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‘Beyond Japanese Studies’ Symposium for Early Career Scholars

Beyond Japanese Studies Symposium: Challenges, Opportunities and COVID-19

Considering strategies that early career Japan scholars can use to boost the reach and relevance of their research.


This symposium is designed to respond to challenges, opportunities and needs in the academic landscape which have resulted from, or been intensified by, the effects of COVID-19.

Japan-interested scholars must today consider how their work intersects with ‘global studies’, Asian Studies, and trans-national and trans-cultural aspects of the human, natural, economic and physical world. They must also seek to broaden the regional and global relevance of their work by better connecting with colleagues across borders. Taking “Beyond Japanese Studies” as its theme, this symposium aims to bring early career researchers together to share their research with a wider audience and to consider strategies that Japan scholars can use to thrive.

The symposium will be convened online by The Japan Foundation, Sydney (Eora nation, Gadigal land) and the Japanese Studies Department at the University of New England (UNE; Anaiwan country, shared with Gumbaynggirr, Kamilaroi and Dhunghutti nations).

Presentation is open to all early career scholars, from postgraduates to recent PhD graduates (up to seven years post-PhD; non-tenured) in Australia, New Zealand and the broader Asia-Pacific region (including the US) whose research is related to Japan. Attendance is welcome from anyone in the Asia-Pacific region with an interest in Japan-related scholarship.

This symposium seeks to consider how Japan-interested early career researchers (ECRs) may develop their careers. It builds on a recent online roundtable discussion titled “The Rebirth of Japanese Studies”, held in mid-2020 in conjunction with the US Association of Asian Studies (AAS).

“The Rebirth of Japanese Studies” roundtable identified some critical areas for the revitalisation of the field:

  • Actionable solutions / future directions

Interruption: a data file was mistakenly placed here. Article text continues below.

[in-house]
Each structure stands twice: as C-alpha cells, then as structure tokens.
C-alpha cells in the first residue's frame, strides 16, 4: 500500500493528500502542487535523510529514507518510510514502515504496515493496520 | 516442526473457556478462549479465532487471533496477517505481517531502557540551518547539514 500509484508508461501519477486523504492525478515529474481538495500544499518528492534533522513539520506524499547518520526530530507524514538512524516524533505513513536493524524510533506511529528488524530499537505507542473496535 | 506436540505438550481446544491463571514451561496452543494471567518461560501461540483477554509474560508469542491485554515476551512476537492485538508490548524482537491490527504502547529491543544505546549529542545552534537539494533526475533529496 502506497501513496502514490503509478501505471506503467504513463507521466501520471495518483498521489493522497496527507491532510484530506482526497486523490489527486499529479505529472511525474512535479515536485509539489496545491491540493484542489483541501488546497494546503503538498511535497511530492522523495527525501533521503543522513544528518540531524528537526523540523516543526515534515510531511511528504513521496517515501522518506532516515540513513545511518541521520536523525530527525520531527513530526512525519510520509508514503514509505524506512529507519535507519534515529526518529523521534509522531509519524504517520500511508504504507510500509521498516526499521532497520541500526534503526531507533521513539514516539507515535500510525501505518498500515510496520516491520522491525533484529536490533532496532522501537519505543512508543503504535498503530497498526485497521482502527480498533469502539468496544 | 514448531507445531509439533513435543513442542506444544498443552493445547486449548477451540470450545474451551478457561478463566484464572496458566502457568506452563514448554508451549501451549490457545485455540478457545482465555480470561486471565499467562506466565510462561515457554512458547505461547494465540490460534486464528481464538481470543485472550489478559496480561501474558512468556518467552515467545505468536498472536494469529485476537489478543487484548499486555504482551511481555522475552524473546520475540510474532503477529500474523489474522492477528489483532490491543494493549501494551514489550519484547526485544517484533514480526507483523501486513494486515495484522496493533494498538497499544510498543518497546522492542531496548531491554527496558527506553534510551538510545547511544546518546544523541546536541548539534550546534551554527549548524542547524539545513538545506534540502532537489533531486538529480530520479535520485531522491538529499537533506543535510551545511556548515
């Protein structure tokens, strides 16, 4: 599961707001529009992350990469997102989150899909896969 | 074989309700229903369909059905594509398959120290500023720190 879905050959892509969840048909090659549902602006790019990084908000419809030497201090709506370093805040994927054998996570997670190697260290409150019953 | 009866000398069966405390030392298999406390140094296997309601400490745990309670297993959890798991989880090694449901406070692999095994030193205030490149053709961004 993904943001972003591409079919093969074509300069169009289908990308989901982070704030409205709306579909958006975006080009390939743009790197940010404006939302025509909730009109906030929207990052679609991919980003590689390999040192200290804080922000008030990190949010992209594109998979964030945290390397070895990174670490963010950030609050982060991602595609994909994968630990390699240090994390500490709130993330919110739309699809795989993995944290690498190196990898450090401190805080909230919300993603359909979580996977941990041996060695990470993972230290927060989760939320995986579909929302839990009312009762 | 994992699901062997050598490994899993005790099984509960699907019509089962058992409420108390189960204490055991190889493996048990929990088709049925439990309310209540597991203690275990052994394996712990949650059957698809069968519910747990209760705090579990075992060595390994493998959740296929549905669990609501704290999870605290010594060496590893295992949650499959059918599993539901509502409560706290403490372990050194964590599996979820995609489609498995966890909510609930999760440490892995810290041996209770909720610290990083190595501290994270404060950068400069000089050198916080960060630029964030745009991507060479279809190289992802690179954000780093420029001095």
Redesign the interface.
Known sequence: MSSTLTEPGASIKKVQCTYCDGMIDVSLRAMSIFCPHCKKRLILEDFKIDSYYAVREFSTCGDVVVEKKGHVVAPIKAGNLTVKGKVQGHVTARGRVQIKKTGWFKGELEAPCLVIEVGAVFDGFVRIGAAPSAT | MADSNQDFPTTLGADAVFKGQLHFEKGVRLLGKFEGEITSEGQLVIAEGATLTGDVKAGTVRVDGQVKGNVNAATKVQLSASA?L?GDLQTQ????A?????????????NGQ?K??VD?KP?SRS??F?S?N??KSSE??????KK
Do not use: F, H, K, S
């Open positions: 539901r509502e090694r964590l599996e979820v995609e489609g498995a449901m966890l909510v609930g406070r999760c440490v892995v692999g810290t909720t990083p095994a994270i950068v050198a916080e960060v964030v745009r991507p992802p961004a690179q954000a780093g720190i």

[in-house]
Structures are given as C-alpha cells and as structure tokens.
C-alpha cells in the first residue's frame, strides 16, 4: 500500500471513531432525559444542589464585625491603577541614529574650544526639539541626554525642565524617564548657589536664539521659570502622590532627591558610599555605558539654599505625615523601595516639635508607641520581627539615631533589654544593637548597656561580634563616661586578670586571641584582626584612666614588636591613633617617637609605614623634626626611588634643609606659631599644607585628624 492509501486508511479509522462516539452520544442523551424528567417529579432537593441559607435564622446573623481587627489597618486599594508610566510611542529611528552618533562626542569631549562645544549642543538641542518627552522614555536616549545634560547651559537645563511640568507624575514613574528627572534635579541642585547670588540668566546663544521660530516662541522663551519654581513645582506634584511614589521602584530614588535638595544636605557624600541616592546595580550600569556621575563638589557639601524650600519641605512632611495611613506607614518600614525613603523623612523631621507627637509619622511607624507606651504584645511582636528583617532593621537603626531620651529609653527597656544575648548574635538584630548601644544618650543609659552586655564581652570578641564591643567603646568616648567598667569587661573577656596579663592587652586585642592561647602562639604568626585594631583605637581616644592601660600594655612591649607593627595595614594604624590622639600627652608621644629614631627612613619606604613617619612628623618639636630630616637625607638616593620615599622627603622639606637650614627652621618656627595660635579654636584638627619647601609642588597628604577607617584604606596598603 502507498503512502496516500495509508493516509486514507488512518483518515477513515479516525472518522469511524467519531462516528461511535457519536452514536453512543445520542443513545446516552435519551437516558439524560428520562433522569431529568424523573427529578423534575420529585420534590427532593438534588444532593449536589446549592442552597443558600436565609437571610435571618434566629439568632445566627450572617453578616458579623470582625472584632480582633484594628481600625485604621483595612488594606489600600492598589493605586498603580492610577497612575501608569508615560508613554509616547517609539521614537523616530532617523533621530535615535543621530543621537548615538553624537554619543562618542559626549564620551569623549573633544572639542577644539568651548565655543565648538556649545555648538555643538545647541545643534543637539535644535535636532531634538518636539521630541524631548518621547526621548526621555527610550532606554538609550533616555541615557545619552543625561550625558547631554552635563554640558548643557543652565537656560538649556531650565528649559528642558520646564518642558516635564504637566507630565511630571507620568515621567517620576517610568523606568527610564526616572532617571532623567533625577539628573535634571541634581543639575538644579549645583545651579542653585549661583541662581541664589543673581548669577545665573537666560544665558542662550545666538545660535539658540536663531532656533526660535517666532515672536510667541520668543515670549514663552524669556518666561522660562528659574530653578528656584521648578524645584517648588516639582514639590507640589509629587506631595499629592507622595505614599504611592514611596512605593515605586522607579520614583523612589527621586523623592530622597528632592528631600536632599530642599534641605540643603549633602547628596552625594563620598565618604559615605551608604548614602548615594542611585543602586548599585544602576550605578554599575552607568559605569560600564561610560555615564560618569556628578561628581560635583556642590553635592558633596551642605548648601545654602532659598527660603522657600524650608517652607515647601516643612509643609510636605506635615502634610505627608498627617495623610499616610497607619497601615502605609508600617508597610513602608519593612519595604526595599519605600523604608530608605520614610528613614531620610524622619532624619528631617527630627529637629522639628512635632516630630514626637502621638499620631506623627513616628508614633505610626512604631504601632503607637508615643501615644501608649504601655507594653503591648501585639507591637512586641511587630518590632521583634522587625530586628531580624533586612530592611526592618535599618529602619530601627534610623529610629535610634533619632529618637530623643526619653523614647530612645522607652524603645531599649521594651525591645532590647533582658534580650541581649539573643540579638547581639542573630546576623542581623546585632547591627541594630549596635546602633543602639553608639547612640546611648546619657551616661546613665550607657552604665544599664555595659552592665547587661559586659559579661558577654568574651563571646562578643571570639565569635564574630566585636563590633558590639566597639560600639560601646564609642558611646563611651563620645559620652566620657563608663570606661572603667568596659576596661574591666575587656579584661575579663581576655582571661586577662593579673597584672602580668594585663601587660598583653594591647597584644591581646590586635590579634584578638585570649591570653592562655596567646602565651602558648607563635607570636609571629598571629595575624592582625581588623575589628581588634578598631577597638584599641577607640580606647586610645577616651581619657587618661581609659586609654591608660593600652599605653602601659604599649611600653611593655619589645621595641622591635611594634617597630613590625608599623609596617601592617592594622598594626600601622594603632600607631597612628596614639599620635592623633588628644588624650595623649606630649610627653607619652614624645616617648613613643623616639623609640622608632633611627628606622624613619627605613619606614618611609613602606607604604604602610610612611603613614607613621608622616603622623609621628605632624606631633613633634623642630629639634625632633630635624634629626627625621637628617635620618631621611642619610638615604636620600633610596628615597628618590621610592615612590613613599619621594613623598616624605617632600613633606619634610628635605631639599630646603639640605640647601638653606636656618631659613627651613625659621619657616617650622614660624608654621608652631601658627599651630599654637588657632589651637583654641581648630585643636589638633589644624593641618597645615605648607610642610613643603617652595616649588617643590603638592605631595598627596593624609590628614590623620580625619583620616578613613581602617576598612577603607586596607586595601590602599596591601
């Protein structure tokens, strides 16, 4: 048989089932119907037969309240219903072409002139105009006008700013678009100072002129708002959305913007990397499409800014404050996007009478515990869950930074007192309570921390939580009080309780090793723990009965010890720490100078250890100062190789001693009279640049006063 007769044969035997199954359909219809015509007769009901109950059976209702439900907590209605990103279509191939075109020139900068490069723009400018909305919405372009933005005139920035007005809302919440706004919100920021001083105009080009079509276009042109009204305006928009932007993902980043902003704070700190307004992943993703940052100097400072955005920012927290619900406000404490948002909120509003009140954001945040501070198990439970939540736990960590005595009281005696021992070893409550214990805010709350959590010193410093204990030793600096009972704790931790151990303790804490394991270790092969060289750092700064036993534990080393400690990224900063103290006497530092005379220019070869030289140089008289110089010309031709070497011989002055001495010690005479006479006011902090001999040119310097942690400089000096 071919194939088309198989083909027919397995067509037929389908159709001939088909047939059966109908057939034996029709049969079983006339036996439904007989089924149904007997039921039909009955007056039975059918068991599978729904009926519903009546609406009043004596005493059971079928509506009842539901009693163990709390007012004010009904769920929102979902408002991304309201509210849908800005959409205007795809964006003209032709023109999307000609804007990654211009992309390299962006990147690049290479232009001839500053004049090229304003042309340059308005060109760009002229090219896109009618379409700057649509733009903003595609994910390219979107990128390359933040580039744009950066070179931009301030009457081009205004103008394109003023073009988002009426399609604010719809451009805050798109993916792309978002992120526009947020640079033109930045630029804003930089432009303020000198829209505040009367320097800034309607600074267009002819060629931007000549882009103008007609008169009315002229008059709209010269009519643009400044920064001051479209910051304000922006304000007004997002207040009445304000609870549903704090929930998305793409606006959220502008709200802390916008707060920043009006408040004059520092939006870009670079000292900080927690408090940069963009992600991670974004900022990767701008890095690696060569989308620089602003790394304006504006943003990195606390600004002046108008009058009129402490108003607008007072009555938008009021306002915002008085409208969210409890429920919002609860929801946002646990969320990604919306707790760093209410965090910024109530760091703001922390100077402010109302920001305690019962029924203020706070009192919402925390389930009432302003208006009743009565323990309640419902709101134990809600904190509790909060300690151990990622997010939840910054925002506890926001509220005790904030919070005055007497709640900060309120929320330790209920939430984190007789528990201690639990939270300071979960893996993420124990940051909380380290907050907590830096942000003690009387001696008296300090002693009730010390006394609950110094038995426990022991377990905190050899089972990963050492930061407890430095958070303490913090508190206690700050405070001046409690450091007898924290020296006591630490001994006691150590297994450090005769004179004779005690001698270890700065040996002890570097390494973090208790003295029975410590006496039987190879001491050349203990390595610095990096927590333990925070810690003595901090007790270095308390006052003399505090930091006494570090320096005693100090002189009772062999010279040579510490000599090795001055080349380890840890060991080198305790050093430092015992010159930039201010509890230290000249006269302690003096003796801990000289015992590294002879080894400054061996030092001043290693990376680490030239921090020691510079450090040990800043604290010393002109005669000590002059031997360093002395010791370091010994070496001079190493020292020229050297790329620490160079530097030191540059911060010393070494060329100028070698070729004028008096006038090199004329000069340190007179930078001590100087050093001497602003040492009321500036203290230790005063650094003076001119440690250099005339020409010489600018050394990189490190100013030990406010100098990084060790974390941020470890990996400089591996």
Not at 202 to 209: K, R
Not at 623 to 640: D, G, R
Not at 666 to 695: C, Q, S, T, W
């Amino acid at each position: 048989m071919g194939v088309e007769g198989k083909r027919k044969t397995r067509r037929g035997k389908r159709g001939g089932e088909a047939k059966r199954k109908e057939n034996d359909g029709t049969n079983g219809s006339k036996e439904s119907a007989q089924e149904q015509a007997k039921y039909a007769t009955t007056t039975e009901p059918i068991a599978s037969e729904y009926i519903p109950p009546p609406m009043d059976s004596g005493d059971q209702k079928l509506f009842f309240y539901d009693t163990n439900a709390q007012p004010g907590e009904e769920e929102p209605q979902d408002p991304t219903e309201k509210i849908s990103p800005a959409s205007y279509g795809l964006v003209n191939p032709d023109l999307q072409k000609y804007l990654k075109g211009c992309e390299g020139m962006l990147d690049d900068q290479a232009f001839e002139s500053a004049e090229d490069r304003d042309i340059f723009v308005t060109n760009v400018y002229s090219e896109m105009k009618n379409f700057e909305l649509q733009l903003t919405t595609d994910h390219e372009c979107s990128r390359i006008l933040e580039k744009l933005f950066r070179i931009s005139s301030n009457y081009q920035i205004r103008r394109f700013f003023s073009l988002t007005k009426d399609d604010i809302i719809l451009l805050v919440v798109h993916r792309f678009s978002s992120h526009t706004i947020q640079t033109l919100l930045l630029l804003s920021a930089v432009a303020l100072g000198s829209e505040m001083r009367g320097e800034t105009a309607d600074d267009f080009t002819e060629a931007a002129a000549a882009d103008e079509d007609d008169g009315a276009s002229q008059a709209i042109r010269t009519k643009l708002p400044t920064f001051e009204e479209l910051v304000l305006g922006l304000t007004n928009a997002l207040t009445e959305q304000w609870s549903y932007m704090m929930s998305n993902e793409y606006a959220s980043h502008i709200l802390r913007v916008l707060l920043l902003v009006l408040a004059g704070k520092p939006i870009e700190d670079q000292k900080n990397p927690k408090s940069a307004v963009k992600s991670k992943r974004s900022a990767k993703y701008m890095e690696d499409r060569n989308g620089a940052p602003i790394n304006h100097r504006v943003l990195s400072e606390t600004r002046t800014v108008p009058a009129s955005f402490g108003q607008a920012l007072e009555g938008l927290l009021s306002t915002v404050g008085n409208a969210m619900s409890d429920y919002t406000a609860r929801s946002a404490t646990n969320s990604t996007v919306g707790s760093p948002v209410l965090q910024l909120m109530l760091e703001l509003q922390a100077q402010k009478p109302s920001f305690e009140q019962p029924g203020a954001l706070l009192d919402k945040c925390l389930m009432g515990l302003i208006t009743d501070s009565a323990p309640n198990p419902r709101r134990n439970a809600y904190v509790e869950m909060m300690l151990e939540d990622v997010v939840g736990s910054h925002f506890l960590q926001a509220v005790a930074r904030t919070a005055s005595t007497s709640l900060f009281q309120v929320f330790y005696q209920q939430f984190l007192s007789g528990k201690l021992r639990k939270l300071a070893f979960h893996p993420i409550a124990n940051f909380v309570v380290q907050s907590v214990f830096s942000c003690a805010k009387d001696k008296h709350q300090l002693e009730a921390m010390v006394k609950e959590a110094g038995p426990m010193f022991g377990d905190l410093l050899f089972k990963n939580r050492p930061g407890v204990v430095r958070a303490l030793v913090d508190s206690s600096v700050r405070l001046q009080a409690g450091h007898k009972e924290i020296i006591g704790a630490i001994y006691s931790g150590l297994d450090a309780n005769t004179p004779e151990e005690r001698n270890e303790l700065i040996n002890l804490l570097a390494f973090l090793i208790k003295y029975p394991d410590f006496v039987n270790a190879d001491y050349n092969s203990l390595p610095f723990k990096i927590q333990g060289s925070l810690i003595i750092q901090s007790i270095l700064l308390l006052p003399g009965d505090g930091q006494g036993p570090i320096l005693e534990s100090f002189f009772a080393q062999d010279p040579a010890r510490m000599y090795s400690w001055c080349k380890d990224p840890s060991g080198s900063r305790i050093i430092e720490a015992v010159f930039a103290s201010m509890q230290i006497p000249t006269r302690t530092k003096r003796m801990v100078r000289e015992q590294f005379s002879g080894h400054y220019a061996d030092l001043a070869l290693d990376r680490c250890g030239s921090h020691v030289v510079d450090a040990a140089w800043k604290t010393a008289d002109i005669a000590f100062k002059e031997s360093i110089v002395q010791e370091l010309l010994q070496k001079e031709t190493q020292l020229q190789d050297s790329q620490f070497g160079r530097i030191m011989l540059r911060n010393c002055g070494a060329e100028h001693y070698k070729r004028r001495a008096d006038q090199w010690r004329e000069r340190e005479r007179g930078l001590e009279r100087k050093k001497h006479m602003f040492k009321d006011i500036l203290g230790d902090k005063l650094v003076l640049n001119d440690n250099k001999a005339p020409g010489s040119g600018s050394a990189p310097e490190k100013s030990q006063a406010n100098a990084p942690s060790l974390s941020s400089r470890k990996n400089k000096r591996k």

• Importance of fostering communicationcollaboration, and accessibility to productively move forward as a community “linked by the fluid canopy of Japanese Studies”
  • Importance of Japan specialists pursuing positions beyond Japanese Studies
  • Importance of preparing young scholars to be able to do the above
  • Importance of including/acknowledging a broader range of voices in Japan-related scholarship

Responding to the background outlined, the symposium will contribute to an urgent and ongoing global conversation about prospects and avenues for thinking ‘Beyond Japanese Studies’ from an Australian/Asia-Pacific perspective.

Early-career scholars are invited to submit an abstract for a 20-minute presentation from their own research, touching upon the theme of the symposium, Beyond Japanese Studies, and considering one or more of the following questions:

  • How does my research intersect with/contribute beyond Japanese Studies to other disciplines, regions, cultural traditions or philosophies?
  • How will or has my research develop(ed)/broaden(ed)/change(d) due to the multiple impacts of COVID-19 and/or other future challenges such as Climate Change/the Anthropocene?
  • How does my research assist in considering the future after 2020?
  • How does my research broaden our understanding of Japanese Studies?
  • How do/can I advocate for/articulate the value of my research to society beyond the Japanese Studies academy?
  • What are some broad or specific applications/implications of my research for society in Australia, New Zealand, and the wider Asia-Pacific?

Contributions are welcome from a broad range of disciplines, including anthropology, art history, economics, history, linguistics, literature, media studies, musicology, and from a range of locations.

An honorarium of AU$100, kindly sponsored by the University of New England and The Japan Foundation, Sydney, will be offered for all presenters at the symposium (maximum of 12).

The two-day program will include panel presentations by ECRs which address the conference theme, a ‘collaborative research’ session touching on topics such as publishing, funding and social media, and meet and greet sessions.

The symposium will begin with a presentation by keynote speaker Professor Gracia Liu-Farrer (Waseda University) in line with the ‘Beyond Japanese Studies’ theme.

Full program now available.